Streaming job logs from Cloud DataProc

N.B. This post was migrated from to on 18/04/2019

It's been a fair while since my last post, but I'm back at the metaphorical grindstone once again! To cut a long story short, what with Christmas, starting a new job and moving house, I've had a lot on my plate!

I've been working with Google Cloud DataProc fairly extensively, and one of the biggest changes I've noticed versus working directly with Spark is the lack of local logs. For the uninitiated, you submit Spark (or Hadoop, YARN etc) tasks as 'jobs' to a particular DataProc cluster. They're assigned an alphanumeric ID, and you can track their progress via a web UI. However, it's fairly annoying to load up the web UI each time, click on your job, and watch it slowly unfold. The web viewer is OK, but hardly the most sophisticated, and doesn't render things like carriage returns correctly, and often won't refresh properly. In short, a bit frustrating.

Baby steps...

We can definitely do better than that. A good first step would be to fetch the logs locally. But where are they?

A bit of digging and introspection of the messages output when a job fails reveals that they are stored in the GCS bucket attached to the DataProc cluster when it's created. Knowing that and the job ID, it is possible to reconstruct the path (This assumes you have a pydataproc client available as dataproc):

storage_client = storage.Client('my_GCP_project_ID')

 cluster_info = dataproc.cluster_info('my_cluster_name')
 log_location = 'google-cloud-dataproc-metainfo/{}/jobs/{}/driveroutput'.format(

 cluster_bucket = cluster_info['config']['configBucket']
 job_log_location = 'gs://{}/{}'.format(cluster_bucket, log_location)

Basically, we pull out the cluster's bucket from the cluster metadata, and combine that with the cluster UUID and job ID to form the path to the log files. Simples!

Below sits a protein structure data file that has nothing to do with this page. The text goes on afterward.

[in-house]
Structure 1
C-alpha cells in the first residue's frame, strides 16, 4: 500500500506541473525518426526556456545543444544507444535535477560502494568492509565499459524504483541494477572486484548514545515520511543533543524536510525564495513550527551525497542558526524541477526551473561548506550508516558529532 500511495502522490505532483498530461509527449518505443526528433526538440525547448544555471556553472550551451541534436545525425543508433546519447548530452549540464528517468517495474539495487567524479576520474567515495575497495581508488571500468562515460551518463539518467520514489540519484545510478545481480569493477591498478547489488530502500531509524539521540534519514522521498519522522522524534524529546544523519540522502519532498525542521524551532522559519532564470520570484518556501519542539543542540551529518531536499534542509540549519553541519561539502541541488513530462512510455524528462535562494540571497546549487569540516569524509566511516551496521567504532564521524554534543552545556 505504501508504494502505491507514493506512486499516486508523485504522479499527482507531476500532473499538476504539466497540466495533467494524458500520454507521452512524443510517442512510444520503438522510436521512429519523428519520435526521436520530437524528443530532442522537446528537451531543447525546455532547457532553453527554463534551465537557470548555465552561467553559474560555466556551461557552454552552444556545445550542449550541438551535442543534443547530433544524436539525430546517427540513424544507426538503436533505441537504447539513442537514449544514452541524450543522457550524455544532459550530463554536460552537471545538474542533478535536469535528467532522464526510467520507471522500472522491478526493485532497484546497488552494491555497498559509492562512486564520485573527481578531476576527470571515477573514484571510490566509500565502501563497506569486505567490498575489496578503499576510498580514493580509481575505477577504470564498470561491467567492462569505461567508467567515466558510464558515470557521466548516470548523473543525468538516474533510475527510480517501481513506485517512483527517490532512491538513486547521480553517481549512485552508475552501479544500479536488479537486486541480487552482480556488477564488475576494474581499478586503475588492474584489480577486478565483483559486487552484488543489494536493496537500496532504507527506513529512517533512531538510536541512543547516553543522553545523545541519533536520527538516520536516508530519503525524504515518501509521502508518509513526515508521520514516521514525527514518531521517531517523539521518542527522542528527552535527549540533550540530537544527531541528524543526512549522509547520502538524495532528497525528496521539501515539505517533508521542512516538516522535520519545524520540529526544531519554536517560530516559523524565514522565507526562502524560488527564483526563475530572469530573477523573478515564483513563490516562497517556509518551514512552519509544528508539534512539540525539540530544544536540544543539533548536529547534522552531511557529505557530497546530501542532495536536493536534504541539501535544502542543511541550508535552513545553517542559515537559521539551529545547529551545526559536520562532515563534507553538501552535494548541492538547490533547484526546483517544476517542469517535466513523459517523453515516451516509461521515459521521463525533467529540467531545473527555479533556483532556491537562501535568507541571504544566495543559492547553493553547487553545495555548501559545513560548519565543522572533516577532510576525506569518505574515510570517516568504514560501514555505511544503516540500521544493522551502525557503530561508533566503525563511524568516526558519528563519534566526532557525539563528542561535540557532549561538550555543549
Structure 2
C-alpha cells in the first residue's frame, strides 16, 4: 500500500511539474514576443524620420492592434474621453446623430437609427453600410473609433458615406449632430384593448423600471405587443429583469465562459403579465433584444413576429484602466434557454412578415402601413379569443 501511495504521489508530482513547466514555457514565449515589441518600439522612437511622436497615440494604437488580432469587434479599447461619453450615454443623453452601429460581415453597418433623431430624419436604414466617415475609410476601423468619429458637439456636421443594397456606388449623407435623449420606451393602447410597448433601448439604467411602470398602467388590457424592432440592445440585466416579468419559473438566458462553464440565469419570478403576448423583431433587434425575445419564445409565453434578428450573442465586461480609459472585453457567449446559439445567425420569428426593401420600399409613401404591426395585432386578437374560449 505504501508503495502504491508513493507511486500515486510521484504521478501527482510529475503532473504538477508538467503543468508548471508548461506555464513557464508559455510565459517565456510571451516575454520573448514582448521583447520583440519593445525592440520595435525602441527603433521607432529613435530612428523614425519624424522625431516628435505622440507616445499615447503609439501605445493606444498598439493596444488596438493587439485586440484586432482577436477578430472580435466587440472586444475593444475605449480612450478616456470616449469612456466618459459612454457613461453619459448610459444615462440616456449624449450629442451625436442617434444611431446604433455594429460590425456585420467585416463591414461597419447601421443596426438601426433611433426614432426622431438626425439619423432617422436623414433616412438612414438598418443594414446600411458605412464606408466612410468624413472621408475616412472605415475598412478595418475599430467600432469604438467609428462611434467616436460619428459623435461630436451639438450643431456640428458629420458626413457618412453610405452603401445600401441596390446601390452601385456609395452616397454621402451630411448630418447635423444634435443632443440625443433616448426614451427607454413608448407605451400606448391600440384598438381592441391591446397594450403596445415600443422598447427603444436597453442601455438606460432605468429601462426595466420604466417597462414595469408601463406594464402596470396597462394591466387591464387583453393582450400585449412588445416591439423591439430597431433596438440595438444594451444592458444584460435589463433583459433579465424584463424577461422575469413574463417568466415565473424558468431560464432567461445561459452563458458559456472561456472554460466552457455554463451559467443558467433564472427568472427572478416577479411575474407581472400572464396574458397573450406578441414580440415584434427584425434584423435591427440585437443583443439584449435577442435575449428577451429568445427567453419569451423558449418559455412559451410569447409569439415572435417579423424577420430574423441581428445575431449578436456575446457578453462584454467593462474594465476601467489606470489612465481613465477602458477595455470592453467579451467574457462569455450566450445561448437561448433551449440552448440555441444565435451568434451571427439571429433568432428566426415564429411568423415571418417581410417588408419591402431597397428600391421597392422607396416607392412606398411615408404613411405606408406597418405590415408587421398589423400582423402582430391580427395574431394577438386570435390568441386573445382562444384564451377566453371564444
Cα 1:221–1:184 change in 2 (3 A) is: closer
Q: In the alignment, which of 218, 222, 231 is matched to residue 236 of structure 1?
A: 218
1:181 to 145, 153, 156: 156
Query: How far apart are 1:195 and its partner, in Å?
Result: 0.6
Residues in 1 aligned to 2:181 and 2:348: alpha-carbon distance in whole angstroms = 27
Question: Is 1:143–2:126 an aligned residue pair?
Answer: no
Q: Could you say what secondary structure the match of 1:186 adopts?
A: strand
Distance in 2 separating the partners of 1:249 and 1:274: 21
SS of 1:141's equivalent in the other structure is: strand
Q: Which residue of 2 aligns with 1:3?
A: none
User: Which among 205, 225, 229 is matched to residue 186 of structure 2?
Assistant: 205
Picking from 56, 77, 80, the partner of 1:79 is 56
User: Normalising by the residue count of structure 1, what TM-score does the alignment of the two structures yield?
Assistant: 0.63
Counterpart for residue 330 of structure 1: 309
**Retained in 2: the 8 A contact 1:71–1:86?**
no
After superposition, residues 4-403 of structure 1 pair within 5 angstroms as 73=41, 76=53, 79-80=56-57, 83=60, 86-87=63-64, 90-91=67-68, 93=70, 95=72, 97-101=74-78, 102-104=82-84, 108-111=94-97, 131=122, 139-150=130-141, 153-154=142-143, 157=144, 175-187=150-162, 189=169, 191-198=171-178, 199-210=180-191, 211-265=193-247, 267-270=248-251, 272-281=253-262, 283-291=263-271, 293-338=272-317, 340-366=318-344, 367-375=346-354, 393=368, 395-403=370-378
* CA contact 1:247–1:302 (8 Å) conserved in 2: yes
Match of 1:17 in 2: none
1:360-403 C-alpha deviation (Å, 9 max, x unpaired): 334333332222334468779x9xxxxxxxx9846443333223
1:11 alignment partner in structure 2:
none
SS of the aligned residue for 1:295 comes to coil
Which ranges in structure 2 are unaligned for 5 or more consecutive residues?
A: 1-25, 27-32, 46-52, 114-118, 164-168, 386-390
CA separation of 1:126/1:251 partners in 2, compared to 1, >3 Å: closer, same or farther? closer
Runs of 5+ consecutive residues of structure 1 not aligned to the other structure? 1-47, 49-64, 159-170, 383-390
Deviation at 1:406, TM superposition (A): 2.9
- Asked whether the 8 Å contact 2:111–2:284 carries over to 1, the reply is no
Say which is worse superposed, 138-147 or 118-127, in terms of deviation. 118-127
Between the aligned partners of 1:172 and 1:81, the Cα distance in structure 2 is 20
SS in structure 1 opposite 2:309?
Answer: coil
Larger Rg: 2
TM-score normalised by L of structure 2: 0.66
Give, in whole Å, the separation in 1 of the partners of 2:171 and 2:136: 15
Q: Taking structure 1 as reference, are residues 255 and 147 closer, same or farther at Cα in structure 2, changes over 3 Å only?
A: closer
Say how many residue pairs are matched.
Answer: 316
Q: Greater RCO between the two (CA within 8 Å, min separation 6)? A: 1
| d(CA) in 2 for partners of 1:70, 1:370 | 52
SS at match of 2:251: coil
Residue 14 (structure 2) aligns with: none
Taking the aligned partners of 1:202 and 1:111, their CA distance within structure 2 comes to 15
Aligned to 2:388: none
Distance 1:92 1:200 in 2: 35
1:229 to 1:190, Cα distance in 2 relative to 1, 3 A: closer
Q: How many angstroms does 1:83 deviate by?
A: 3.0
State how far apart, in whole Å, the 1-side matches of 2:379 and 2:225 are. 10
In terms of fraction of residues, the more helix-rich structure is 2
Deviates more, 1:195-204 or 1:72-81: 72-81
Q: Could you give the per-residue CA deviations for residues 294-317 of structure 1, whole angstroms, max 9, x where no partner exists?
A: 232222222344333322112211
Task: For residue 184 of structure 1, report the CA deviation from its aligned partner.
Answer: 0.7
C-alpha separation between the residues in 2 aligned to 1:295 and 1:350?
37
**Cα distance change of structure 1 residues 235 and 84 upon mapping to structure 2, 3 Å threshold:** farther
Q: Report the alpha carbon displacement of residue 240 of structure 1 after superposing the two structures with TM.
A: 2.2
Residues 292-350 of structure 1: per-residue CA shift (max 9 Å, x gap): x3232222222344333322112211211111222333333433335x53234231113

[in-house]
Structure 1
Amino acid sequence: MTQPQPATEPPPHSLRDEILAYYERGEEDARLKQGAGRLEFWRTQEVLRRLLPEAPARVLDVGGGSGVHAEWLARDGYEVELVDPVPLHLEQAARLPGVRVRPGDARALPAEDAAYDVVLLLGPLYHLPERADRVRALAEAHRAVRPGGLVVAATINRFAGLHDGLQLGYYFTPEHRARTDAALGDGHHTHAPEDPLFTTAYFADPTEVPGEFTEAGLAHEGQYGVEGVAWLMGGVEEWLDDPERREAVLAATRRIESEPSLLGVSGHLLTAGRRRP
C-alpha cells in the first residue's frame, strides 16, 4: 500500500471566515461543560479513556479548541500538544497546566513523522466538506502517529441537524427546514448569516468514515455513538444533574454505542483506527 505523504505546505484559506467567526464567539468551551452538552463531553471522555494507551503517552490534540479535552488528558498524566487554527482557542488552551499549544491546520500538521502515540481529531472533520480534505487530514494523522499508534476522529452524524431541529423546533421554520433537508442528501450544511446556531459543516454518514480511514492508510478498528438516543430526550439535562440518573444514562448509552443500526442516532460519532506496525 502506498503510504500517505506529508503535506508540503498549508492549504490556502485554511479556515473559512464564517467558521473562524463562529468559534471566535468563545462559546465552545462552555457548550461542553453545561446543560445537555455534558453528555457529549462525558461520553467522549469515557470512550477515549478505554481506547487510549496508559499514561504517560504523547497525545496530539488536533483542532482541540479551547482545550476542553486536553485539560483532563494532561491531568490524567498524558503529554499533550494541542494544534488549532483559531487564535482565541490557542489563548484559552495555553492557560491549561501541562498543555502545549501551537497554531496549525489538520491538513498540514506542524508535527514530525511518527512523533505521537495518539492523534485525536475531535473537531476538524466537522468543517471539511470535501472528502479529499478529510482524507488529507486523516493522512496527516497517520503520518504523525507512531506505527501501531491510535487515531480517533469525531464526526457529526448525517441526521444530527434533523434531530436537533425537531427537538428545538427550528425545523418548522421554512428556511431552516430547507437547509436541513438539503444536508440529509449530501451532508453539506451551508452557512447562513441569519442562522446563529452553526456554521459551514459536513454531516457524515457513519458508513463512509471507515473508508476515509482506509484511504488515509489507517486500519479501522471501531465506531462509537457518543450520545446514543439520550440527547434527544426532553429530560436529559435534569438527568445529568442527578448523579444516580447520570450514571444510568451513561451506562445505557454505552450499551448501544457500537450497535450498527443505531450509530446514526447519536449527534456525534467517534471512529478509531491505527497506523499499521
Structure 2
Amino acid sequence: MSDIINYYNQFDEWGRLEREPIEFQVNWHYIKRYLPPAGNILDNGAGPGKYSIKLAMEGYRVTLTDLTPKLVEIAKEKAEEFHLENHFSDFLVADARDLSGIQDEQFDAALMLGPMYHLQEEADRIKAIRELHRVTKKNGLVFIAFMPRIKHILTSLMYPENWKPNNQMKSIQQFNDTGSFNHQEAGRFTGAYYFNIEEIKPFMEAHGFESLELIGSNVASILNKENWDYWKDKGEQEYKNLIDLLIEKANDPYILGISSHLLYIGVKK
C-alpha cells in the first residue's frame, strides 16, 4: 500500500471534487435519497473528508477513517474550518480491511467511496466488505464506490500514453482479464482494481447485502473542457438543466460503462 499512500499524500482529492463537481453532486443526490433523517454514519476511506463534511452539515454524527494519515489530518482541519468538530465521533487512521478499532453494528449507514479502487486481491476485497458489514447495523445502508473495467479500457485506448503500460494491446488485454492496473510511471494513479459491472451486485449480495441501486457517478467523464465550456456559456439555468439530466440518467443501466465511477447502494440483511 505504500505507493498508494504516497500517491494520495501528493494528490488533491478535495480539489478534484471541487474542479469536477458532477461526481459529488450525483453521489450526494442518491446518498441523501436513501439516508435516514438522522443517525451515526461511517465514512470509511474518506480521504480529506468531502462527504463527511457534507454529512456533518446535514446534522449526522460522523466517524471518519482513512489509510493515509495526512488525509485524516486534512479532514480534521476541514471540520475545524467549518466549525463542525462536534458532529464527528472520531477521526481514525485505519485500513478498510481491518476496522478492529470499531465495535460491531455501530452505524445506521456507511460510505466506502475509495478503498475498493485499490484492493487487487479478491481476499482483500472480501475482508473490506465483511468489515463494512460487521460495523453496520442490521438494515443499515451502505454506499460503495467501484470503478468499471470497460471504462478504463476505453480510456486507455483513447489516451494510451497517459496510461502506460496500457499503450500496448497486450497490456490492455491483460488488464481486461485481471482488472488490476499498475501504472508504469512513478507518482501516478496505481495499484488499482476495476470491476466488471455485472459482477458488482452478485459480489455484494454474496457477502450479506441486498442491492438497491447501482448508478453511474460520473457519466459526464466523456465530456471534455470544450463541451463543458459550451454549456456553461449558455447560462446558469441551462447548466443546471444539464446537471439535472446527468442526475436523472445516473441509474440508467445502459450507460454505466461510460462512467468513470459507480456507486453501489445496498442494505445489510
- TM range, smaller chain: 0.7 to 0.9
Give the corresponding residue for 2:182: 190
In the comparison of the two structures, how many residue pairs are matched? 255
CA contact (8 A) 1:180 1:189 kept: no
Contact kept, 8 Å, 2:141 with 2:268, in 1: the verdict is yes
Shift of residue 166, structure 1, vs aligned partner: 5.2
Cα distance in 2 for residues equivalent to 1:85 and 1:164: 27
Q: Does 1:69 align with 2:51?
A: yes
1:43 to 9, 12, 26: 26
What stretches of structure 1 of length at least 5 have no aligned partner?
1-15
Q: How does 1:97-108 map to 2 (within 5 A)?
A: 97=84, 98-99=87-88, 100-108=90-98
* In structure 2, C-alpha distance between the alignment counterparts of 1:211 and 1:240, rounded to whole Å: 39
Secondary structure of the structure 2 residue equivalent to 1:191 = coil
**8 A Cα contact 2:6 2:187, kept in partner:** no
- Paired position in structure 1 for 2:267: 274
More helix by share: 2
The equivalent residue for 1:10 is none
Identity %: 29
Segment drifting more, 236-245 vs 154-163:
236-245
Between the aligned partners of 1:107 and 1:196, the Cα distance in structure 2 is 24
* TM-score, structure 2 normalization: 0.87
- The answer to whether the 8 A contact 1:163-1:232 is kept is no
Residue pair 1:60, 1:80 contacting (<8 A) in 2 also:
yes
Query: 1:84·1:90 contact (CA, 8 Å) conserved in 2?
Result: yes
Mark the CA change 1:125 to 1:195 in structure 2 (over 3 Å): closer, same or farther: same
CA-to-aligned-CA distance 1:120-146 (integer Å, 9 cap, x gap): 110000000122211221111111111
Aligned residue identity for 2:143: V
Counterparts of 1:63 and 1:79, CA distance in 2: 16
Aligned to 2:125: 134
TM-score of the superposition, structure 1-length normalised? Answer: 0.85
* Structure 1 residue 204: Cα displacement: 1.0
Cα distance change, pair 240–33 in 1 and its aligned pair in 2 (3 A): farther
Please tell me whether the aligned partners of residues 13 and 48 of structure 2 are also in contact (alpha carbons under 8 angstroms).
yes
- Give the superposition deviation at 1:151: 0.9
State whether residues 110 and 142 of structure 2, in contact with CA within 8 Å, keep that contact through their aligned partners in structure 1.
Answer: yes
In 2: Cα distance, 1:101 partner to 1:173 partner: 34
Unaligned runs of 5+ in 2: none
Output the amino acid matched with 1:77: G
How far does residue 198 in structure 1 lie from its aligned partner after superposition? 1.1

Well, the next stage is to fetch the files back to your machine, and dump them out on the command line (ideally respecting carriage returns). If we ignore streaming the files for now, we should fetch them at the end of the job so that they're complete. Given we have the path and the bucket, we can iterate through the folder contents, and dump them straight through sys.stdout:

storage_client = storage.Client('my_GCP_project_ID')
 print('\nJOB LOGS:\n--------------------\n')
 cluster_info = self.dataproc.cluster_info('my_cluster_name')
 log_location = 'google-cloud-dataproc-metainfo/{}/jobs/{}/driveroutput'.format(
 cluster_bucket = storage_client.bucket(cluster_info['config']['configBucket'])
 for l in cluster_bucket.list_blobs(prefix=log_location):

Excellent, we now have logs! That means, when a job fails, you can pull the logs out, and see what went wrong without having to load up the UI. After all, that's when you want to see them most, right?

This helps a bunch, but still, we don't have any interactivity - we sit there like lemons until the job finishes, then we get to find out what happens - not ideal! This, needless to say, bugged me. No matter how much I looked, there was no support for streaming from a constantly updated file on GCS, much to my chagrin. You can stream a file, but as far as I could tell, there's no way to wait for updates, so any solution would have to involve polling the file, which seems excessive, and probably the wrong approach.

However, after digging into the docs, I discovered a potential saviour - the gcloud utils! It turns out that there is a gcloud dataproc jobs wait <job_id>, which does stream job logs, and dumps out job config at the end. Perfect! A quick test, and sure enough - it does exactly what I need. Sadly, it's not part of the REST API, which means it's not in the Python API library. I can understand this, as I'm not actually sure a pipe in a REST API makes any sense whatsoever, but it means no Python support.

To the subprocess-mobile!

Well, it's a hack, but if you wrap this in subprocess, it just works (TM). The only slight modification is to pipe stdout to an output parameter that isn't used, which takes care of the job configuration being printed upon job completion. Here's the final code:
         "GCP DataProc region",

It's not my finest bit of coding, but wrapped up in a method, it gives much-needed interactivity to DataProc jobs, and allows you to see and catch errors early! I'm hoping to wrap this up into py-dataproc in the next week or so.